Bankruptcy laws can be a bit complicated and sometimes it’s not clear to bankruptcy filers what can and cannot be discharged if they decide to file Chapter 7 or Chapter 13 bankruptcy. Recently on our legal forum a user asked, “If I decide to file bankruptcy will my car payments be discharged?”
Recently on our bankruptcy forum a user asked, “Will bankruptcy give me a fresh financial start?” Although this would seem like an easy question to answer, the answer is it depends. Bankruptcy has been created as a legal means to help some individuals discharge certain debts and allow them to get a fresh financial start, but whether or not this will work for you will depend on your debts.
Whether you choose to file Chapter 7 bankruptcy and have qualifying unsecured debts discharged or if you are forced to repay your debts by filing Chapter 13 bankruptcy, there will be certain debts which are considered nondischargeable debts. Filing any type of bankruptcy will not discharge or clear all of your debts.
A wage garnishment allows your employer to automatically withhold a portion of your wages and send the payment directly to your creditors. Recently on our legal forum a user asked, “If I cannot pay my medical bills will the creditors have a right to have my wages garnished?”
Millions of Americans file for bankruptcy protection each year, suggesting there is much less of a social stigma for filing bankruptcy than in the past, but the real question is whether or not filing bankruptcy could jeopardize your employment. The answer is…it depends.
If you have suffered a severe medical crisis it’s easy to rack up hundreds of thousands of dollars in medical debt, especially if you do not have good healthcare coverage. Recently on our bankruptcy forum a user asked, “Can I discharge my hospital bills if I file bankruptcy?”
Many debtors considering bankruptcy have questions about how to list their bankruptcy debt. For example, do they have to list all of their debts? If they do not, how much debt do they have to list? What if they want to pay off certain debts and discharge other debts?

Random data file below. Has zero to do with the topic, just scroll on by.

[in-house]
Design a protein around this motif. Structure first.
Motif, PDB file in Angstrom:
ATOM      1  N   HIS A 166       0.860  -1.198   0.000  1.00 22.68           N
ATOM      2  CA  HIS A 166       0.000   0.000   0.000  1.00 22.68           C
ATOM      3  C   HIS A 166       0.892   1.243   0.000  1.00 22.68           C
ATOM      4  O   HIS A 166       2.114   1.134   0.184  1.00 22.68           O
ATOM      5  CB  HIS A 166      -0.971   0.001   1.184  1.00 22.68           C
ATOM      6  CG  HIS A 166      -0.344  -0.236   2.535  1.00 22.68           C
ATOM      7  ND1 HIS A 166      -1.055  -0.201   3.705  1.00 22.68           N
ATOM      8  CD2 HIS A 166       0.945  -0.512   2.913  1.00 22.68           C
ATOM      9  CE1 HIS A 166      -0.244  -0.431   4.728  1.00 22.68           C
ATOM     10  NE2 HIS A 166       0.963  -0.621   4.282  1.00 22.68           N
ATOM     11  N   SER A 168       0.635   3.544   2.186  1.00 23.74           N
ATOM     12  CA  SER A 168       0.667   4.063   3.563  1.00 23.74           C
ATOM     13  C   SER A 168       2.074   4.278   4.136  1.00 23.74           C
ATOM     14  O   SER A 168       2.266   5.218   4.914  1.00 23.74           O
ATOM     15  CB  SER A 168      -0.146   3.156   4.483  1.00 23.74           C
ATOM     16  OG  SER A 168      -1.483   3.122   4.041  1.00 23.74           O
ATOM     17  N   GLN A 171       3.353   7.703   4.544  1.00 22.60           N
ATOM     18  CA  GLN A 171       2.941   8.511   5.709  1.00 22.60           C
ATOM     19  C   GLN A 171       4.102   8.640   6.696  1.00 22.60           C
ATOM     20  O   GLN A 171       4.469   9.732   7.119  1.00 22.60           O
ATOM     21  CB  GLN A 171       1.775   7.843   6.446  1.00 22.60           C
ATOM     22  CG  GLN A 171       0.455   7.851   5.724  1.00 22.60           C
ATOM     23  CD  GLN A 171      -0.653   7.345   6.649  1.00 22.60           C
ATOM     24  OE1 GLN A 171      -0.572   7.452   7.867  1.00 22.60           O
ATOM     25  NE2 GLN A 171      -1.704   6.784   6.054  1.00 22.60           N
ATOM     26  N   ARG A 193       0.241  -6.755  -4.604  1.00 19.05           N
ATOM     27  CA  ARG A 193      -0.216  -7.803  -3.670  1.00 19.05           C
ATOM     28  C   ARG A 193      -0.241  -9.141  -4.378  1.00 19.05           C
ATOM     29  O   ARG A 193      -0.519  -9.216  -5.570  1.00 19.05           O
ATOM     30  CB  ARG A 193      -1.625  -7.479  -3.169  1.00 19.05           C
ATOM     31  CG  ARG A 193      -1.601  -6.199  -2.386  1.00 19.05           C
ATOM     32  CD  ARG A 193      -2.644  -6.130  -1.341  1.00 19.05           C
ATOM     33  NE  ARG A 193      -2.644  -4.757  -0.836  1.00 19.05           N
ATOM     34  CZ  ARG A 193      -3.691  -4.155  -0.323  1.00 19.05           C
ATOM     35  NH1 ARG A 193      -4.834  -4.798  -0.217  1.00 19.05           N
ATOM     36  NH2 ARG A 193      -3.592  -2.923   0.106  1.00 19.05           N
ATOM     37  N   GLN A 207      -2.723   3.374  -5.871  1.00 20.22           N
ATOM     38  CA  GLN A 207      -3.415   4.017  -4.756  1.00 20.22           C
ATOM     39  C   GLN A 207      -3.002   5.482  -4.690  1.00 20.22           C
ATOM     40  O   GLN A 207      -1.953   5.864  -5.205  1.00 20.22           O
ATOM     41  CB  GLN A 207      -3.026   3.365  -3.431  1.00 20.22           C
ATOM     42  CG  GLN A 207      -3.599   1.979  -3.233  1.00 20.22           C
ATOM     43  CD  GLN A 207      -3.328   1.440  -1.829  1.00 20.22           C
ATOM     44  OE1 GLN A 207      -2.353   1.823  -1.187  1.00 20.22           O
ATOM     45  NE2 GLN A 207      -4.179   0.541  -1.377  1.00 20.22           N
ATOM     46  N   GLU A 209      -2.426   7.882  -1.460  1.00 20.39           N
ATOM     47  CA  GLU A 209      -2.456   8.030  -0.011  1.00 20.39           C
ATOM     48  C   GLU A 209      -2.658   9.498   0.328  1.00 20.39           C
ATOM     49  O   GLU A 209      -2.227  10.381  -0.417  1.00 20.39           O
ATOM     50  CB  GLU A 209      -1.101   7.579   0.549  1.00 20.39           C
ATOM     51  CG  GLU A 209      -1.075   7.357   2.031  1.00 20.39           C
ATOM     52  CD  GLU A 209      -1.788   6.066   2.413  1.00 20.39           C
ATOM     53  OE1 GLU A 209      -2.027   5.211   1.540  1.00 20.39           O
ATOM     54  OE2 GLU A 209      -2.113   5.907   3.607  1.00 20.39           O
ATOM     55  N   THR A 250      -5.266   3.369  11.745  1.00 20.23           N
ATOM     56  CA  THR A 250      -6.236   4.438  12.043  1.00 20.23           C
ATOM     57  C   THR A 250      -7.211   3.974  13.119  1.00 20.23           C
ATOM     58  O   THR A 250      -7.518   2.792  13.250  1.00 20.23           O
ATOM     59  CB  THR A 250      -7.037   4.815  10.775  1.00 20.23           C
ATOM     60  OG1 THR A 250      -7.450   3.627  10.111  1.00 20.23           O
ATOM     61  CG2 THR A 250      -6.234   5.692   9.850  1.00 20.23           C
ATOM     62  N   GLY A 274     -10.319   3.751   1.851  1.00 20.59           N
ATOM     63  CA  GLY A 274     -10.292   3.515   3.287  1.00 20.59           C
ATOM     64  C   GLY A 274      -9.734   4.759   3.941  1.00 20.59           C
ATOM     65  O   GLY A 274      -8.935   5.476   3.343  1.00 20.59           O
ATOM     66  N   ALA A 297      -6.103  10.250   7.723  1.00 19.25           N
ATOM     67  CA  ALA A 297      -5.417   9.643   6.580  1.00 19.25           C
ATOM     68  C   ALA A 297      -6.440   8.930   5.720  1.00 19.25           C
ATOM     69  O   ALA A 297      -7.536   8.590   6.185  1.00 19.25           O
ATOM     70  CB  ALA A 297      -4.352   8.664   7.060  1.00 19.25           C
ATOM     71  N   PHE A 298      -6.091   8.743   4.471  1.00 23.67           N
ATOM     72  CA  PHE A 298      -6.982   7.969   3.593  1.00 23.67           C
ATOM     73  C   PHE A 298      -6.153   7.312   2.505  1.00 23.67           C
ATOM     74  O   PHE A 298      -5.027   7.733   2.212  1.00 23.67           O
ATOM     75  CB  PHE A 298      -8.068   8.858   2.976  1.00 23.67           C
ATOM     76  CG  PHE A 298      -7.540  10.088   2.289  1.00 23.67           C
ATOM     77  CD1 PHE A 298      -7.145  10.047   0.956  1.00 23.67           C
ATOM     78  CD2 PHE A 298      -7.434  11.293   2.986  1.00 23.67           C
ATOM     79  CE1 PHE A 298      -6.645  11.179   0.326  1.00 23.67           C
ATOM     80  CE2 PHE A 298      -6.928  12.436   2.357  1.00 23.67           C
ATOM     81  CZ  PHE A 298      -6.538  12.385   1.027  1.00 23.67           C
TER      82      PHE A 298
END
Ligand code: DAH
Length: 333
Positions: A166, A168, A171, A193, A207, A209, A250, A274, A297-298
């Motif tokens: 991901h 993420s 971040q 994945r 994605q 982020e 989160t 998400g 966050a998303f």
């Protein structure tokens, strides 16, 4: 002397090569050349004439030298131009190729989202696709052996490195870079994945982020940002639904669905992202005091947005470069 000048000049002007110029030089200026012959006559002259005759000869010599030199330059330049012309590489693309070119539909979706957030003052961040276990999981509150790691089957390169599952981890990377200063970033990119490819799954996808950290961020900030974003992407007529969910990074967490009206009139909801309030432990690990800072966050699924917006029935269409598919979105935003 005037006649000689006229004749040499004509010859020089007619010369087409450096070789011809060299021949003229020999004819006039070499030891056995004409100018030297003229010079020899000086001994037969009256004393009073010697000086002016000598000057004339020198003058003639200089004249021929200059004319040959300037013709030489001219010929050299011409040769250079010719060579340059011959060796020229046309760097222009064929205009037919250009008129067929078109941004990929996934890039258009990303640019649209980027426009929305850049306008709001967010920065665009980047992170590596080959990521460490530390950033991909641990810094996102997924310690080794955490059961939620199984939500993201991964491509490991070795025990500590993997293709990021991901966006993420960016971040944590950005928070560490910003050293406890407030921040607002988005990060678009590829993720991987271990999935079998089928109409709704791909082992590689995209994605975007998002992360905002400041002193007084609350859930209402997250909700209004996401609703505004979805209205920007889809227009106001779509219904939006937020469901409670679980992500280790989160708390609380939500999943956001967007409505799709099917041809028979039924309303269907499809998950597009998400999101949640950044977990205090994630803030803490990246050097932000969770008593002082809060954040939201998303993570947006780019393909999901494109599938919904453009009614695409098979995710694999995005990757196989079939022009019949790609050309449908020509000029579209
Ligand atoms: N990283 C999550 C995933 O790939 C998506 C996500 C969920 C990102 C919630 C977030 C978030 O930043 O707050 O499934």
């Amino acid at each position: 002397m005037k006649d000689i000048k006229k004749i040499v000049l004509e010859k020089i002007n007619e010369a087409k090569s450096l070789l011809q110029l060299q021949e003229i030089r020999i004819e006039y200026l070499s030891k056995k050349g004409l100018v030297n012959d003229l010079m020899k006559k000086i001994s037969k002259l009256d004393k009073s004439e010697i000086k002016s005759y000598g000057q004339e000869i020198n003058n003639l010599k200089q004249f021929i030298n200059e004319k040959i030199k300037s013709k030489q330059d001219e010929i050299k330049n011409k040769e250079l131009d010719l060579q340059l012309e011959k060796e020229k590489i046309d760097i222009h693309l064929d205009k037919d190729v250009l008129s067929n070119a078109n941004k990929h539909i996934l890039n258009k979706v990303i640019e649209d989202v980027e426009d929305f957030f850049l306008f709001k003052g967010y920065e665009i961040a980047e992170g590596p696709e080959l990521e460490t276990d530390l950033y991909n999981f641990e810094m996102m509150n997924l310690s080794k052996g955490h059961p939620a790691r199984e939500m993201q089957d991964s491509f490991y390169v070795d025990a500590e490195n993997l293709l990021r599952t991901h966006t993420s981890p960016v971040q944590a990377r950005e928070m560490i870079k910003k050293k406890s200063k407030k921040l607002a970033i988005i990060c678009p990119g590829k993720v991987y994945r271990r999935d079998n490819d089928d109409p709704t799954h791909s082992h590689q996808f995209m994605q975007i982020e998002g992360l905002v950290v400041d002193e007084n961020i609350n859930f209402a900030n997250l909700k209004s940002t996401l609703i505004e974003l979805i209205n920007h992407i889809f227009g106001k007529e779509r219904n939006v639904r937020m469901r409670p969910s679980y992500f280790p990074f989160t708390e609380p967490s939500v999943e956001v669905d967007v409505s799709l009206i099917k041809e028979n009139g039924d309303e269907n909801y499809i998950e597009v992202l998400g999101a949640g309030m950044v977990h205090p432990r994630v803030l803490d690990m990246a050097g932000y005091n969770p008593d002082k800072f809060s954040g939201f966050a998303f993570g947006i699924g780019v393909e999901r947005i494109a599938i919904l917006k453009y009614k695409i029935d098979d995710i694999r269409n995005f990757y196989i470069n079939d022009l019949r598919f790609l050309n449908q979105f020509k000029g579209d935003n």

Filing bankruptcy is a legal means for debtors to potentially eliminate unsecured debts they cannot repay and make a fresh financial start. There are debts, however, that the government considers so important they are not legally discharged while filing bankruptcy. Recently on our legal forum a user asked, “Will my child support be discharged in my bankruptcy?”
After you submit the bankruptcy petition the court will initiate an automatic stay which will stop creditors from continuing their debt collection efforts, this includes ongoing credit card lawsuits. The lawsuit, however, may be continued under some conditions after the bankruptcy is completed, if it is dismissed or if the court decides to lift the stay. So what will happen to the underlying credit card debts if you file bankruptcy? It will depend on whether you file Chapter 13 or Chapter 7 bankruptcy.
If you have filed bankruptcy before and are now facing another financial crisis you might wonder if it is possible to file a second bankruptcy. Although there are no regulations about the number of times you can file bankruptcy, if you have received a Chapter 7 or Chapter 13 bankruptcy discharge there is a specified time period you must wait between each discharge before you can file a second bankruptcy and receive a discharge. Recently on our legal forum we had a user ask, “Can I file a second bankruptcy if I filed in 2003?”